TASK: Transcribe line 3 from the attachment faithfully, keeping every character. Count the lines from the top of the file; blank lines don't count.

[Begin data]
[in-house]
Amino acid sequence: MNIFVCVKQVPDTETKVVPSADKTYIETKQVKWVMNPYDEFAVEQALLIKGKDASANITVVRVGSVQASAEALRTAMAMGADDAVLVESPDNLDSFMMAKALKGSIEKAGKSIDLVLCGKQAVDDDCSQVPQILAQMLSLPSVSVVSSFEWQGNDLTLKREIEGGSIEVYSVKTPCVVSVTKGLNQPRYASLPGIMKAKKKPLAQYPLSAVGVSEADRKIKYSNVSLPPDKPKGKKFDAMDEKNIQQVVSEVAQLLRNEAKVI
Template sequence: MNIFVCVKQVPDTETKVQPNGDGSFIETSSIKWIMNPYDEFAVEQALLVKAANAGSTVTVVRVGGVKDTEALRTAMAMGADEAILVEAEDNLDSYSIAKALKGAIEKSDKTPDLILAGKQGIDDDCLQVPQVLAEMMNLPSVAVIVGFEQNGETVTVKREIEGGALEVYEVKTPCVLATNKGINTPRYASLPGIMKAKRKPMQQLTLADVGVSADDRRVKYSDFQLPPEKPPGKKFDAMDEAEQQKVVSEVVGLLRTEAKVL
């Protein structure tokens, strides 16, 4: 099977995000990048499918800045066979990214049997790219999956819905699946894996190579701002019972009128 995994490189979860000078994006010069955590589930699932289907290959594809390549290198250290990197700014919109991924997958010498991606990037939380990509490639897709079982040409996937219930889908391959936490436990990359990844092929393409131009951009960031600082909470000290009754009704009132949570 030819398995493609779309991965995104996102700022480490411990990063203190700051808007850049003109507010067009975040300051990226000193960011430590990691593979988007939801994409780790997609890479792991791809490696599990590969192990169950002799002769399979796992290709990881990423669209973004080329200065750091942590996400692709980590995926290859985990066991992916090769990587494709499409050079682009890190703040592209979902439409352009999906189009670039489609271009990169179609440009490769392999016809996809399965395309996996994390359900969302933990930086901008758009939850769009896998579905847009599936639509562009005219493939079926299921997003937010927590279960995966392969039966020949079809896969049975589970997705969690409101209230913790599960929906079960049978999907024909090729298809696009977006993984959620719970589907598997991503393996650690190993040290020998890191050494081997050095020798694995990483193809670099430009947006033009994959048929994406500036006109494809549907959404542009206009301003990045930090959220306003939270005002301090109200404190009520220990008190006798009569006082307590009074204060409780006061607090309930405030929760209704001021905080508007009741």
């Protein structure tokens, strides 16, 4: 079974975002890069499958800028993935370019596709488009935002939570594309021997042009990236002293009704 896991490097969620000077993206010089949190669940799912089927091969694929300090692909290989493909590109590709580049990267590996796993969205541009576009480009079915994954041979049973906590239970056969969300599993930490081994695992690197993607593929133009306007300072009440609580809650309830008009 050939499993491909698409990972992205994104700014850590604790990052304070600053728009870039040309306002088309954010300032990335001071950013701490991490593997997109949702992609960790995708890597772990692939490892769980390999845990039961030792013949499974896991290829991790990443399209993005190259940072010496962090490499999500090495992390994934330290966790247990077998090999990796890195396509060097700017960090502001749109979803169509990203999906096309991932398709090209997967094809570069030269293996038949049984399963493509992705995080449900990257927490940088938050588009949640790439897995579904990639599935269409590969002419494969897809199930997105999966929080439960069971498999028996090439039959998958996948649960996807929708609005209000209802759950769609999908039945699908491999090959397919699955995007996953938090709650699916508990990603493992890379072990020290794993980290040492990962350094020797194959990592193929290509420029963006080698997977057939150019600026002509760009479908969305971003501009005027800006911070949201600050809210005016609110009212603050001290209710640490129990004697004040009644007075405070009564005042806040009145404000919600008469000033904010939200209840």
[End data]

Template sequence: MNIFVCVKQVPDTETKVQPNGDGSFIETSSIKWIMNPYDEFAVEQALLVKAANAGSTVTVVRVGGVKDTEALRTAMAMGADEAILVEAEDNLDSYSIAKALKGAIEKSDKTPDLILAGKQGIDDDCLQVPQVLAEMMNLPSVAVIVGFEQNGETVTVKREIEGGALEVYEVKTPCVLATNKGINTPRYASLPGIMKAKRKPMQQLTLADVGVSADDRRVKYSDFQLPPEKPPGKKFDAMDEAEQQKVVSEVVGLLRTEAKVL